He added that while these publishers did take care of country-specific context when publishing for countries like Sri Lanka and India, but in case of Pakistan, they did not take into account particular local context simply because there was no check and balance system in the country. He said some private institutions were propagating myopic ideas resulting in students’ incapacity to develop critical outlook.
Sustainable Development and Planning Institute Senior Advisor Ahmed Saleem said that there was need to differentiate between facts and fancies. He blamed the government and curriculum development authorities of polluting the real events, history and culture of people with ideological fantasies that had already played havoc with our education system. There is no space for reasoning and questioning; civic responsibility, cultural diversity and soft skills like fine art and literature, he added. It is pity that mother languages are being discriminated and people are forced to forgo their basic right to have mother language as medium of instruction, he said.
Renewing the pledge of the pursuit of knowledge
A seminar held at the National Library auditorium to honour the World Teachers’ Day turned into an elaborate discourse on the current status of education in Pakistan and pragmatic measures for its improvement.
The seminar, focusing on this year’s theme “Teachers for gender equality”, was organised by a forum of 8,000 teachers from around the country. Members from United Nations Educational, Scientific and Cultural Organization (UNESCO), United Nations Children’s Fund (UNICEF), United Nations Development Programme (UNDP), International Labour Organization (ILO) and about 200 teachers attended the seminar to discuss issues affecting teachers and the education system in Pakistan.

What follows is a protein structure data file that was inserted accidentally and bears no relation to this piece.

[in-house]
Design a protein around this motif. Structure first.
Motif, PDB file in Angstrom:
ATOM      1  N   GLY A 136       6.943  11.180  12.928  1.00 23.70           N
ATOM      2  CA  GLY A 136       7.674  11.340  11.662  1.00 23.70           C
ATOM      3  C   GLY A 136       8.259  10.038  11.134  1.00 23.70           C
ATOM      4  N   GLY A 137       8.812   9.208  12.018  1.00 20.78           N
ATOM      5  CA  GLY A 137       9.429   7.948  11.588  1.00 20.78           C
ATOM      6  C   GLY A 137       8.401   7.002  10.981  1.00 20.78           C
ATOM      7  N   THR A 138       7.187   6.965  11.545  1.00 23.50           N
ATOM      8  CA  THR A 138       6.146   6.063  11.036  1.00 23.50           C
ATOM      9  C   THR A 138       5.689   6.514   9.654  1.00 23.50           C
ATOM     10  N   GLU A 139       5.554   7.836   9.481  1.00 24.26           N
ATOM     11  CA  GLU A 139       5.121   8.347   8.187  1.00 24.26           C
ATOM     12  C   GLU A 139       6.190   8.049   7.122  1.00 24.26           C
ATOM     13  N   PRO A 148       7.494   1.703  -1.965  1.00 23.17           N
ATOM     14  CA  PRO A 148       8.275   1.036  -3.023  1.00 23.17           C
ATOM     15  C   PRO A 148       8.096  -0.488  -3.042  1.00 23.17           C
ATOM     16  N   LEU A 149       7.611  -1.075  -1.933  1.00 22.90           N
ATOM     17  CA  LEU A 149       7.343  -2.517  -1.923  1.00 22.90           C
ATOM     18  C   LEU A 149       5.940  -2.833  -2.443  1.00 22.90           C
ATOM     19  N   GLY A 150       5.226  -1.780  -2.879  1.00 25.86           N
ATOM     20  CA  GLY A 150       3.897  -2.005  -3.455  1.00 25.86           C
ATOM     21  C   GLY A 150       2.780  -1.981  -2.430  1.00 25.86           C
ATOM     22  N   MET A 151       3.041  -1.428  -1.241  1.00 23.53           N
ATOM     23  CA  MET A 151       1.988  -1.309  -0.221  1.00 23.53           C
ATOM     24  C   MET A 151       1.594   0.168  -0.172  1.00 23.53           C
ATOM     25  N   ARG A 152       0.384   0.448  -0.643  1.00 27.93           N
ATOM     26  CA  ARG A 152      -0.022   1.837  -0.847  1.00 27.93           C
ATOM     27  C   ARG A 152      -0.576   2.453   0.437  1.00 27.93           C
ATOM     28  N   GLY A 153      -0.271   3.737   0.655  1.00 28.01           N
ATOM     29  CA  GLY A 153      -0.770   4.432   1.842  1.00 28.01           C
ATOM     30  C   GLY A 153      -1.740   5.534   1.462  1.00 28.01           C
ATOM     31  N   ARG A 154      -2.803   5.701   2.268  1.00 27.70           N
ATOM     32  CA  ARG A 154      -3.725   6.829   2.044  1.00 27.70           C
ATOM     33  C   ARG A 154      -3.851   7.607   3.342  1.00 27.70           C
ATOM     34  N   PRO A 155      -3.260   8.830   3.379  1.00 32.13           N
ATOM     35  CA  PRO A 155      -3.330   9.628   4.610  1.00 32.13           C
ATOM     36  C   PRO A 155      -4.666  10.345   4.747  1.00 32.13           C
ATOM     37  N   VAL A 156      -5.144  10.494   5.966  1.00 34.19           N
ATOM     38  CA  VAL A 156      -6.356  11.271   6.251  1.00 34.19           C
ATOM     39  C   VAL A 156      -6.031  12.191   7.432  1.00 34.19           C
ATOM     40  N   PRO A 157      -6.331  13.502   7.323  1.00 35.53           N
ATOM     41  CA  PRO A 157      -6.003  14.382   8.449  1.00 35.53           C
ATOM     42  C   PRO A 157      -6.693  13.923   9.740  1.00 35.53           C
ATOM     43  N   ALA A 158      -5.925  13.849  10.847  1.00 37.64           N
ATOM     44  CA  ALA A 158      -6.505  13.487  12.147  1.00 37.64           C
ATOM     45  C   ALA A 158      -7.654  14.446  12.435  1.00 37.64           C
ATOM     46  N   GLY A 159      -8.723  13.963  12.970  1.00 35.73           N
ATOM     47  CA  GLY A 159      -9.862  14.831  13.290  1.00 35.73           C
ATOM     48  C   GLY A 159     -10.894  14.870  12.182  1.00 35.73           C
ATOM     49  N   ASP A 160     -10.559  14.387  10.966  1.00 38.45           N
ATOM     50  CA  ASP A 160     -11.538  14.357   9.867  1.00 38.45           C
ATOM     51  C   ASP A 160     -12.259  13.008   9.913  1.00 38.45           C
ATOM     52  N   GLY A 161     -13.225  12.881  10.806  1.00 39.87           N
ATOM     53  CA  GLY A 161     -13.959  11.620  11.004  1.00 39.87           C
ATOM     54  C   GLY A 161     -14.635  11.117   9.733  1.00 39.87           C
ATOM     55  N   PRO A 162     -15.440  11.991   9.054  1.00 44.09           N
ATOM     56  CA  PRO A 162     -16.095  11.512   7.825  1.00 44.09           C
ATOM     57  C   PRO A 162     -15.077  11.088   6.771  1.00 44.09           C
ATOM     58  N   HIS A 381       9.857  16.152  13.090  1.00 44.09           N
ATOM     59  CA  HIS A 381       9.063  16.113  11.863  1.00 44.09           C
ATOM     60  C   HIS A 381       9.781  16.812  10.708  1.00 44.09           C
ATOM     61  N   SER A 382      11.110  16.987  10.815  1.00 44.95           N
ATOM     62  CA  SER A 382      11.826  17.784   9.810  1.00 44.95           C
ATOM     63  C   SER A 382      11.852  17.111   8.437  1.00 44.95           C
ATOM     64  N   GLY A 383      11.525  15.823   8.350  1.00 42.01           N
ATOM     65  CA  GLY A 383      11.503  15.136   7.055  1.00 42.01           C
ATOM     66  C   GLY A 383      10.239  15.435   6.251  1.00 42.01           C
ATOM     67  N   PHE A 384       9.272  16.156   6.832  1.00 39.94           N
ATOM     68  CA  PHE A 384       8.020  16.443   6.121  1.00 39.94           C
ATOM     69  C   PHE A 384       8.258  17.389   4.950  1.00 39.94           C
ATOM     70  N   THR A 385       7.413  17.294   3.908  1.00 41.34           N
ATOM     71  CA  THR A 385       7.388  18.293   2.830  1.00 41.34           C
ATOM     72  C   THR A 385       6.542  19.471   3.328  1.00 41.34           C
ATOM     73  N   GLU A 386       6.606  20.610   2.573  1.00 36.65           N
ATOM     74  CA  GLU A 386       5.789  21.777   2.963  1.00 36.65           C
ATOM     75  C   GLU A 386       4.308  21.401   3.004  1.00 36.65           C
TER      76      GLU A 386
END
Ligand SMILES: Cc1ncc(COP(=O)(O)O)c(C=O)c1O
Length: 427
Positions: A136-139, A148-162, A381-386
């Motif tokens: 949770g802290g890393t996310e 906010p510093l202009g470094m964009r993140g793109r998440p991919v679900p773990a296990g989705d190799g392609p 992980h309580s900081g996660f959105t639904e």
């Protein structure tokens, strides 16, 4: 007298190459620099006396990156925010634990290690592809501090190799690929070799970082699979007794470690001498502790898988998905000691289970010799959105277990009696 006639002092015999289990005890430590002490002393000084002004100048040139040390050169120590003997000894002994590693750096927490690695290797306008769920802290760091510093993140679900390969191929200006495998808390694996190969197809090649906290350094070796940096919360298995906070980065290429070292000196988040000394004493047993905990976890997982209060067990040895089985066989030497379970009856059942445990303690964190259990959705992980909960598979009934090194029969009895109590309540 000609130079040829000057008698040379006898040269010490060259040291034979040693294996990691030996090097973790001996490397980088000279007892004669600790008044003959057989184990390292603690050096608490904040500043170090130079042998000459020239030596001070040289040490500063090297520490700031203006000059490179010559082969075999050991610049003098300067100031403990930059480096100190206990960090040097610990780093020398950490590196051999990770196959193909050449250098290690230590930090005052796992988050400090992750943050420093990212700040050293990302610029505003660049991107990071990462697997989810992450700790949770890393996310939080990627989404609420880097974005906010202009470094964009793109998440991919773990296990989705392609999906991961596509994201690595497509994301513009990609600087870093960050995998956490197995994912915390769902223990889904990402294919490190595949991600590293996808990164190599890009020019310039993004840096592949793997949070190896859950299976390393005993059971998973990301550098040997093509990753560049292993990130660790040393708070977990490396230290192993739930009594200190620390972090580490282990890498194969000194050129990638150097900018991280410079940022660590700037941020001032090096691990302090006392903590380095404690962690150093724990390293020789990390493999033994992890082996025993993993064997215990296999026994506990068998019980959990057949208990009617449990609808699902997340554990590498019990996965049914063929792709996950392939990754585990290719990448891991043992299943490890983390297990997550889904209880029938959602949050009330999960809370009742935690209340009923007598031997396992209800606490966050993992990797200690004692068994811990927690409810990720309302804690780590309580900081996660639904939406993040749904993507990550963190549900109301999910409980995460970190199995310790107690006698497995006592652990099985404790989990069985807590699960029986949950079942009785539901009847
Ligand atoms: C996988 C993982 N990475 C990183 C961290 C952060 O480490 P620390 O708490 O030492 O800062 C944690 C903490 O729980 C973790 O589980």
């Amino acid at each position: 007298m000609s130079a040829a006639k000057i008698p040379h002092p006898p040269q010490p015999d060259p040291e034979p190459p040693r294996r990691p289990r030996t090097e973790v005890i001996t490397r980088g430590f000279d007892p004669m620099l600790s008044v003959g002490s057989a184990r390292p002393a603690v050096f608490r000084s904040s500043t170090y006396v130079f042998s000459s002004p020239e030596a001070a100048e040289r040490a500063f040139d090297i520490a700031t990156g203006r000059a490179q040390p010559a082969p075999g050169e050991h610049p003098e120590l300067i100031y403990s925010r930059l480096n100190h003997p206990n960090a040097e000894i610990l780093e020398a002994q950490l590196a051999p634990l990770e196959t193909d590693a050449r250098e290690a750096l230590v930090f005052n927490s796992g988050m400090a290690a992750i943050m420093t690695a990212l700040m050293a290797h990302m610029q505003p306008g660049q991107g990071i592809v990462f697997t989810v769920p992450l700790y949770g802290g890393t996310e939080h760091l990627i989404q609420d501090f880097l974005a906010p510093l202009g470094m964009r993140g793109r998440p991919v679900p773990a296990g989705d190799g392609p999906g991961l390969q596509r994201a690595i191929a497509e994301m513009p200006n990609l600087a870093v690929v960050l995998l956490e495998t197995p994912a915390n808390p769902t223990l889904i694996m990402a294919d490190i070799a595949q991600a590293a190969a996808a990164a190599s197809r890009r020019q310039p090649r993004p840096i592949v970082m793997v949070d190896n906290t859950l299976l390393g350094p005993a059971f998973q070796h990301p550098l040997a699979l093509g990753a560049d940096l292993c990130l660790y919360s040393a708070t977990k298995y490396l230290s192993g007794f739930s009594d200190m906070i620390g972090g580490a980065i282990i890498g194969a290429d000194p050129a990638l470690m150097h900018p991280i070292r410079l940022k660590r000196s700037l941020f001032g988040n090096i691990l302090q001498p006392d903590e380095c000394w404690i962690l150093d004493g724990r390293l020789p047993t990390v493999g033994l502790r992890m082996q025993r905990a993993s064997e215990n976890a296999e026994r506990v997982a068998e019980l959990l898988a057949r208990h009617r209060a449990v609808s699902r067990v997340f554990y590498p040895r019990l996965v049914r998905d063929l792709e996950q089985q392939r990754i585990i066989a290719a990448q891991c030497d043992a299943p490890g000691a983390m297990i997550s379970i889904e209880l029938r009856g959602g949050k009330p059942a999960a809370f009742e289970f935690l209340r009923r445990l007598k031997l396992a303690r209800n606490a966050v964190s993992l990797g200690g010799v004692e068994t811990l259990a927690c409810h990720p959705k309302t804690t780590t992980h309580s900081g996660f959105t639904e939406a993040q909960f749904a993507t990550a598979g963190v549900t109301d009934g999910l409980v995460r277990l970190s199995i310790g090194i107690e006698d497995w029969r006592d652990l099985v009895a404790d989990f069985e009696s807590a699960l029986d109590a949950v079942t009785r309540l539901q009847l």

UNESCO representative Dr Kozue Kay Nagata stressed the importance of having female teachers in bringing more female students in the classrooms. She also stated that the working conditions for educators must be improved tremendously to compensate for the hard work teachers put in and to garner a strong education system.
UNICEF representative Dr Don Rohrmann said education will eliminate gender inequality and lead to even further avenues of learning for the Pakistani people. He also said that in the wake of this year’s Sindh floods, there is an opportunity to school children who have never been to school before if disaster management is done taking education in consideration.
Recognition and support
Teachers’ role is pertinent in the character building of youth, which is supposed to be the central part of all education syllabi. This was stated by Sir Syed Memorial Society President Brig (retd) Iqbal Shafi, at a seminar on “teachers rights and role in development” held at Islamabad Girls College F-6/2.
Character building, he said, is crucial for us to take the nation forward. We also need to propagate gender equality in education. Only teachers can do this because they still command respect in society, he said.
He added it was “quite embarrassing” that teachers had been forced to take to the roads to fight for their rights. “We need to honour to our teachers by providing them their rightful respect and the status that they deserve as the nation builders,” Shafi said.
Principal Islamabad College for Girls Shaista Pirzada said, “Girls’ education should be top priority as the educated women have backbone role in the socio-economic development.”
With additional inputs from press releases issued by Roots School System, ActionAid, Ghazali Trust.